Following recent reports that a 3-year-old boy died after being left in a hot car at the University of Southern Indiana in Evansville, PETA is issuing an urgent warning: Vulnerable individuals are at risk and should never be left in a vehicle on a hot day. Animals, children, and elderly people are the most susceptible to the heat, and one mistake can cost someone’s life.
Press Release : PETA
PETA has released a hot-car public service announcement featuring Mckenna Grace. For more information, visit PETA.org
Since last year, there have been at least 82 hot weather–related animal deaths—and these are just the ones that have been reported. Most aren’t. PETA suggests doing the following in order to safeguard humans and animals:
Never leave anyone inside a hot vehicle. On a 78-degree day, the temperature inside a parked car can soar to 100 degrees in just minutes, and on a 90-degree day, the interior temperature can reach as high as 109 degrees in less than 10 minutes Dogs, who don’t sweat and can cool themselves only by panting, can rapidly succumb to heatstroke, even if a vehicle is parked in the shade with the windows slightly open, which has little to no effect on lowering the temperature inside.
If you see an animal left alone inside a car, call local humane authorities or 911 immediately and remain on the scene until the situation has been resolved. If authorities are unresponsive or too slow and the animal’s life appears to be in imminent danger, find a witness who will back up your assessment before carefully removing the animal from the car (PETA offers an emergency window-breaking hammer for help with intervening in these life-or-death situations) and carrying him or her into the shade.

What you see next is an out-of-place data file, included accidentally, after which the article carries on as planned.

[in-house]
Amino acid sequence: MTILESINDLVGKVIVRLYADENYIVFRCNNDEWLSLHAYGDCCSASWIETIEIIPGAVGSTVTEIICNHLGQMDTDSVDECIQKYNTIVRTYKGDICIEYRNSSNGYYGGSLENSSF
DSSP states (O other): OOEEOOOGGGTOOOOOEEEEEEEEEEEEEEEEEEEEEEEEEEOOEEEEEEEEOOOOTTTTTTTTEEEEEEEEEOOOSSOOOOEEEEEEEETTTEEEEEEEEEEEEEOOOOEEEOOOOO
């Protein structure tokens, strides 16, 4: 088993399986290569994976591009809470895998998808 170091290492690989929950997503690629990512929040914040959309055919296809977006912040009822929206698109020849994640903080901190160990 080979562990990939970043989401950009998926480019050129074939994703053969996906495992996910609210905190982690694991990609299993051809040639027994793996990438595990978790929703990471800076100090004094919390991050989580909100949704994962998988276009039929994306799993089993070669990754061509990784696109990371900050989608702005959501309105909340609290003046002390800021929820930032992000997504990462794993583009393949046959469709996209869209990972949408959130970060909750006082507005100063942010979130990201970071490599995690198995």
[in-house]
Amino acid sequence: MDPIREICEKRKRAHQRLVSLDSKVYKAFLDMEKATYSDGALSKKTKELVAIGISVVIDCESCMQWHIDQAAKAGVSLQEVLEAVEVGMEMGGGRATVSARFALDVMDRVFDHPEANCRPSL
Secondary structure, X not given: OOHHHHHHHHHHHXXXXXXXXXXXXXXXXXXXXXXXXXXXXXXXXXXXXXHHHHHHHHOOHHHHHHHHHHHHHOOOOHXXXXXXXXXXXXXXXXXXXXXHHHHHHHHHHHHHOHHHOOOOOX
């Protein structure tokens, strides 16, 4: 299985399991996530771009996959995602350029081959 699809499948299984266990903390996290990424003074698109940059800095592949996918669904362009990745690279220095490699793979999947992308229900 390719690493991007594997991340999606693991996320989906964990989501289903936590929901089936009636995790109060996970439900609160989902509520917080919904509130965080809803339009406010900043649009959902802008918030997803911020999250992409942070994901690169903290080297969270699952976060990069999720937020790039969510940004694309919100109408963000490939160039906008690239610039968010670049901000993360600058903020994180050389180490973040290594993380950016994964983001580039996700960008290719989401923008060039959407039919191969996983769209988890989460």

To treat suspected heatstroke, wrap a cool, wet towel around the head and neck without covering the eyes, nose, or mouth, and wring out, resoak, and reapply it every few minutes. Pour lukewarm water over the animal’s body, and wipe excess water away, especially from the abdomen and between the hind legs. When authorities arrive, ensure that the animal is taken to a veterinarian for further care.
Law-enforcement officials across the country are also warning people of the dangers of hot weather. “Every year, we alert people to the danger of leaving children or pets inside cars in the summer,” says Chief of Police James R. Kruger Jr. from Oak Brook, Illinois. “The temperature inside a vehicle climbs approximately 43 degrees in just an hour. The loss of a defenseless animal in this manner is avoidable and should never happen. There is no reason to take your pet out in extreme heat without adequate air conditioning and water.”
Anyone who leaves a child or an animal to bake to death in a vehicle could face felony charges.